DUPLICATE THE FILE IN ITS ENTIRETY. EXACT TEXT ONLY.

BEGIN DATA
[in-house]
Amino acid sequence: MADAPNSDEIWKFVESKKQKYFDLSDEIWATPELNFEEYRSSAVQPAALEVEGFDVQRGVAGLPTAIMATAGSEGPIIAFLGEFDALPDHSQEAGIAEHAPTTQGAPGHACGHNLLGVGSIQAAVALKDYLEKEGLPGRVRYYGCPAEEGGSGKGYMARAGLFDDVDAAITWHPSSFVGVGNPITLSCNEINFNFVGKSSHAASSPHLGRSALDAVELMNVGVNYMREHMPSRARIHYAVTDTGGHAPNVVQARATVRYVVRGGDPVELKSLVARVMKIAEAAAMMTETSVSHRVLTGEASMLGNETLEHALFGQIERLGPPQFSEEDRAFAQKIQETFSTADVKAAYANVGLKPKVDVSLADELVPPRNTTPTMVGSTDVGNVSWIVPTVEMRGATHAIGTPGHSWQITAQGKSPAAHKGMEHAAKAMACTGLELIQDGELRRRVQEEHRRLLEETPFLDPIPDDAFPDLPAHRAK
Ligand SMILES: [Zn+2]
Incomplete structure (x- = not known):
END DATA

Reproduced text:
[in-house]
Amino acid sequence: MADAPNSDEIWKFVESKKQKYFDLSDEIWATPELNFEEYRSSAVQPAALEVEGFDVQRGVAGLPTAIMATAGSEGPIIAFLGEFDALPDHSQEAGIAEHAPTTQGAPGHACGHNLLGVGSIQAAVALKDYLEKEGLPGRVRYYGCPAEEGGSGKGYMARAGLFDDVDAAITWHPSSFVGVGNPITLSCNEINFNFVGKSSHAASSPHLGRSALDAVELMNVGVNYMREHMPSRARIHYAVTDTGGHAPNVVQARATVRYVVRGGDPVELKSLVARVMKIAEAAAMMTETSVSHRVLTGEASMLGNETLEHALFGQIERLGPPQFSEEDRAFAQKIQETFSTADVKAAYANVGLKPKVDVSLADELVPPRNTTPTMVGSTDVGNVSWIVPTVEMRGATHAIGTPGHSWQITAQGKSPAAHKGMEHAAKAMACTGLELIQDGELRRRVQEEHRRLLEETPFLDPIPDDAFPDLPAHRAK
Ligand SMILES: [Zn+2]
Incomplete structure (x- = not known):